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Live Reviews

American Songbook Series at Lincoln Center: Eric Comstock Salutes Charles Strouse

By Published: February 27, 2008

The heart of the evening was a prolonged appreciation of Golden Boy, Comstock's favorite score. The spotlight shifted from Comstock to Barbara Fasano, who winningly performed the exquisite but hardly remembered title song as well as a Billy Daniels' tour de force from the 1965 musical, "While the City Sleeps," which featured a very strong Stan Getz-ian solo by Harry Allen. Comstock then performed the love song that Sammy Davis, Jr. sang, "I Want To Be With You." Next, Fasano moved to the crook of the piano to sing "Lorna's Here," a ballad of reassurance in the original show, directly to Comstock. The room became very still as Fasano returned to center stage to finish the dramatic song. This was indeed a moment that transcended the usual concertizing, a moment that allowed the audience to be transported back in time to experience the chemistry between Sammy Davis and his leading lady, Paula Wayne, in the original Broadway production. Comstock and Fasano succeeded in revitalizing this scene with their ardor for the music and their own chemistry as a couple.

The guest of honor, Charles Strouse, then approached the piano. In a comfortable series of anecdotes, he related his beginnings as a jazz musician and other tales of New York. Then he played and sang his popular opening theme for Norman Lear's 1970s blockbuster sitcom that changed television history, All in the Family ("...Boy, the way Glenn Miller played ..."), even duplicating Jean Stapleton's (Edith Bunker's) "screech" note. He concluded with his anthem from Annie, the enormously popular "Tomorrow," to a standing ovation.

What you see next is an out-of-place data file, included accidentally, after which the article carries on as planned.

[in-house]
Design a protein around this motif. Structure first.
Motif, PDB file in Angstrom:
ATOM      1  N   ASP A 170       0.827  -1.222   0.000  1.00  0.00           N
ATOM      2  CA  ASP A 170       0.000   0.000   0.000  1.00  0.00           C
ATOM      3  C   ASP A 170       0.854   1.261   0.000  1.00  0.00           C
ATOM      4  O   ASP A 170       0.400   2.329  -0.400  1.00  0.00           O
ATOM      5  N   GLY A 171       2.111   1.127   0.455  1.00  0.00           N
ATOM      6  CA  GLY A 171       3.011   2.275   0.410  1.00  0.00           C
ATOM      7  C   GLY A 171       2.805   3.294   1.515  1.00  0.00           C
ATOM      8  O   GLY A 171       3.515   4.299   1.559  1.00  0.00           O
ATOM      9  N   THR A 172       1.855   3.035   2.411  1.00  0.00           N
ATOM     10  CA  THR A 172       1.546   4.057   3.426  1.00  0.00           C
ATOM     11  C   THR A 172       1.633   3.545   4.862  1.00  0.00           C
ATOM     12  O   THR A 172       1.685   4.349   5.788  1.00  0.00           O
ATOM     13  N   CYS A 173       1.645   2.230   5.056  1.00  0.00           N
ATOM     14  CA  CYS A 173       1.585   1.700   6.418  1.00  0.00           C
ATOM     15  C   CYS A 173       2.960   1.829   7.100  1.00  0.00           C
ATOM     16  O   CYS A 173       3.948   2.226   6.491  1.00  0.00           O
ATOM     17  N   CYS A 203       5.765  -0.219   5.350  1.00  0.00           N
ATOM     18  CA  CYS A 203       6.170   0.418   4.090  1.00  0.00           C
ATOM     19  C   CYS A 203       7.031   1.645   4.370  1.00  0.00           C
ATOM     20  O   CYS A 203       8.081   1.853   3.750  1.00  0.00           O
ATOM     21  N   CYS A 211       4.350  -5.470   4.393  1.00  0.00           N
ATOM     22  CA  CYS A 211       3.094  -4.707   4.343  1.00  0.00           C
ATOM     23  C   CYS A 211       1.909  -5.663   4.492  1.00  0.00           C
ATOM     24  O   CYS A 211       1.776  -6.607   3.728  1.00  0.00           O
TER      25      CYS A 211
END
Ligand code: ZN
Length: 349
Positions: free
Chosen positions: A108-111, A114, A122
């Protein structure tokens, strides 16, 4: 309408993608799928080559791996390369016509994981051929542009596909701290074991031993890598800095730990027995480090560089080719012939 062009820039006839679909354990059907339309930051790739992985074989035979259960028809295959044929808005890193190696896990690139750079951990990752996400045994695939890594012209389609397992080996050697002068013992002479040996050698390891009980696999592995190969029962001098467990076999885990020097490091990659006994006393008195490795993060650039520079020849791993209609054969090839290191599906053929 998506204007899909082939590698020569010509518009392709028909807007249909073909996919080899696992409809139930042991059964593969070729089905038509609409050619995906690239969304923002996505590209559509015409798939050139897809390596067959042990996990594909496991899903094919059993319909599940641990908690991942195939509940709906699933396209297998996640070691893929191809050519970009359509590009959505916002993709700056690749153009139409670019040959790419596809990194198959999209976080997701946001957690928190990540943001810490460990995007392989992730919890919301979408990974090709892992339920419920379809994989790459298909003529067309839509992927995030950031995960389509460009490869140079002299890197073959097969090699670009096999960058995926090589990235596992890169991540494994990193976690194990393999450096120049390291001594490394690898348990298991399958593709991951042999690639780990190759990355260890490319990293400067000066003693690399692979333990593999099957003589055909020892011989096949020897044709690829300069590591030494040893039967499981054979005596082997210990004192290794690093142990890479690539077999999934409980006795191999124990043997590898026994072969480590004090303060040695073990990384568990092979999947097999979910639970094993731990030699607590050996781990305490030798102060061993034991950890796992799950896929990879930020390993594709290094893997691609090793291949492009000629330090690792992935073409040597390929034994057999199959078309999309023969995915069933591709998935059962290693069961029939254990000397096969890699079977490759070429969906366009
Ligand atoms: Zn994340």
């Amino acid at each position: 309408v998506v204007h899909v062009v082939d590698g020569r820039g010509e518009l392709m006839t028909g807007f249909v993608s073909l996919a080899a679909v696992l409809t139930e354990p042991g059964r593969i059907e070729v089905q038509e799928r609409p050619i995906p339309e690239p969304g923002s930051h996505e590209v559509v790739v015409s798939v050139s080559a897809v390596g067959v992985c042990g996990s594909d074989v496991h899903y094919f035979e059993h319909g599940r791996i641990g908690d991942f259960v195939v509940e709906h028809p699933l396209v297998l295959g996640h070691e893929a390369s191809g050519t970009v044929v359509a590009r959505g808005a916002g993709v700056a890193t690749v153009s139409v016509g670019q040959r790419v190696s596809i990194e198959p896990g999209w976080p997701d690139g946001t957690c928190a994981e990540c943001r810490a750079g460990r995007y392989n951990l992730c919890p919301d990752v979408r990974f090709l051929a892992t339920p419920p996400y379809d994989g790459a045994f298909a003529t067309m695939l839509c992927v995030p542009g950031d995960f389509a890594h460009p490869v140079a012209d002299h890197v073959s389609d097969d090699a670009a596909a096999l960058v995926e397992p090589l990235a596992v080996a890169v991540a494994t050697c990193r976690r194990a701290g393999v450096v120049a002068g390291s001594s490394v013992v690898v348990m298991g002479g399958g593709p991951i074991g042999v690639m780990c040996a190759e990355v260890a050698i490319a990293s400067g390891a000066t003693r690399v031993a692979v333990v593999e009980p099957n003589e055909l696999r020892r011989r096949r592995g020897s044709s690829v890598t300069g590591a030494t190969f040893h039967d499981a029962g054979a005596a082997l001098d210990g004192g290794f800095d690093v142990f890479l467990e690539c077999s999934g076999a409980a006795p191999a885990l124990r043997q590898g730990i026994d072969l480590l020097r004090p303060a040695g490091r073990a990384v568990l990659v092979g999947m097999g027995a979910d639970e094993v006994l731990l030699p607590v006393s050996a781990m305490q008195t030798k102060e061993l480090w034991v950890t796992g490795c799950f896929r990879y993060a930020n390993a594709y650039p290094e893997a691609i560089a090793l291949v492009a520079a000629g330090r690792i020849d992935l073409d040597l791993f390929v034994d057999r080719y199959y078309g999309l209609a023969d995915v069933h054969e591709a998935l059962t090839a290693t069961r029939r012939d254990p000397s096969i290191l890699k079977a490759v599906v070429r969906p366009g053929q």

This grand finale might have left all the customers satisfied, but Comstock cleverly constructed the program to include a closing tribute to Manhattan. From A Broadway Musical came a humorous look at the world of reviews in the "Smashing, New York Times." Comstock's ultimate closer, Annie's celebratory "N.Y.C.," was accompanied by the traffic of Columbus Circle and the lights of New York seen through the massive windows of the Allen Room. Together with the performer's stirring rendition of the song, the evening was brought to a dream-like conclusion.

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